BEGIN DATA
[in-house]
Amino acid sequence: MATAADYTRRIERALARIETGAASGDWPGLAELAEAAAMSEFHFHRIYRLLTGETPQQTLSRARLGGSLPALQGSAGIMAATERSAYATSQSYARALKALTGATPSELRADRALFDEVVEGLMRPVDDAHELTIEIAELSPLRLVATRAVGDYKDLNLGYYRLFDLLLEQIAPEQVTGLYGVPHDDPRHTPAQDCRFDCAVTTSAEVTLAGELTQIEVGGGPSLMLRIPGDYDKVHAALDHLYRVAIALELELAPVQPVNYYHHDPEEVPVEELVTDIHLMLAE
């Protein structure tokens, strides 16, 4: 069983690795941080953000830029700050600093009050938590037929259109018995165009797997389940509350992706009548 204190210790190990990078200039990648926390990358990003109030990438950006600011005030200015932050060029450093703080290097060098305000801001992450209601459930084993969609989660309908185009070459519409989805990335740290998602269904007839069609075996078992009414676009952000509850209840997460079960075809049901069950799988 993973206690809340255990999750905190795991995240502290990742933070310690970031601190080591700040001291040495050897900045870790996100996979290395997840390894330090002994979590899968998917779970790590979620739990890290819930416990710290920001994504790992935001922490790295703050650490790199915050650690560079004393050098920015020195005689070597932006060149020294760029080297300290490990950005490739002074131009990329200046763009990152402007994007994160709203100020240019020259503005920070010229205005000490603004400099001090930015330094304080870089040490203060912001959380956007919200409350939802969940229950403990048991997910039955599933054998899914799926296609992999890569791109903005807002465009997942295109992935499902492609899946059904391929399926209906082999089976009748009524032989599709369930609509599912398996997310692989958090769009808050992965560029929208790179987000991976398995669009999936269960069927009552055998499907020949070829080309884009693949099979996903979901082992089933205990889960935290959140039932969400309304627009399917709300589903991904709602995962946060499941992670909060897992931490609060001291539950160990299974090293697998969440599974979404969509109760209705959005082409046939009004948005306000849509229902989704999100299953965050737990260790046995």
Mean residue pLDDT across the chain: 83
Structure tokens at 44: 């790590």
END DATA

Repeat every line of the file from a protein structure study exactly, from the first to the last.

[in-house]
Amino acid sequence: MATAADYTRRIERALARIETGAASGDWPGLAELAEAAAMSEFHFHRIYRLLTGETPQQTLSRARLGGSLPALQGSAGIMAATERSAYATSQSYARALKALTGATPSELRADRALFDEVVEGLMRPVDDAHELTIEIAELSPLRLVATRAVGDYKDLNLGYYRLFDLLLEQIAPEQVTGLYGVPHDDPRHTPAQDCRFDCAVTTSAEVTLAGELTQIEVGGGPSLMLRIPGDYDKVHAALDHLYRVAIALELELAPVQPVNYYHHDPEEVPVEELVTDIHLMLAE
């Protein structure tokens, strides 16, 4: 069983690795941080953000830029700050600093009050938590037929259109018995165009797997389940509350992706009548 204190210790190990990078200039990648926390990358990003109030990438950006600011005030200015932050060029450093703080290097060098305000801001992450209601459930084993969609989660309908185009070459519409989805990335740290998602269904007839069609075996078992009414676009952000509850209840997460079960075809049901069950799988 993973206690809340255990999750905190795991995240502290990742933070310690970031601190080591700040001291040495050897900045870790996100996979290395997840390894330090002994979590899968998917779970790590979620739990890290819930416990710290920001994504790992935001922490790295703050650490790199915050650690560079004393050098920015020195005689070597932006060149020294760029080297300290490990950005490739002074131009990329200046763009990152402007994007994160709203100020240019020259503005920070010229205005000490603004400099001090930015330094304080870089040490203060912001959380956007919200409350939802969940229950403990048991997910039955599933054998899914799926296609992999890569791109903005807002465009997942295109992935499902492609899946059904391929399926209906082999089976009748009524032989599709369930609509599912398996997310692989958090769009808050992965560029929208790179987000991976398995669009999936269960069927009552055998499907020949070829080309884009693949099979996903979901082992089933205990889960935290959140039932969400309304627009399917709300589903991904709602995962946060499941992670909060897992931490609060001291539950160990299974090293697998969440599974979404969509109760209705959005082409046939009004948005306000849509229902989704999100299953965050737990260790046995």
Mean residue pLDDT across the chain: 83
Structure tokens at 44: 């790590």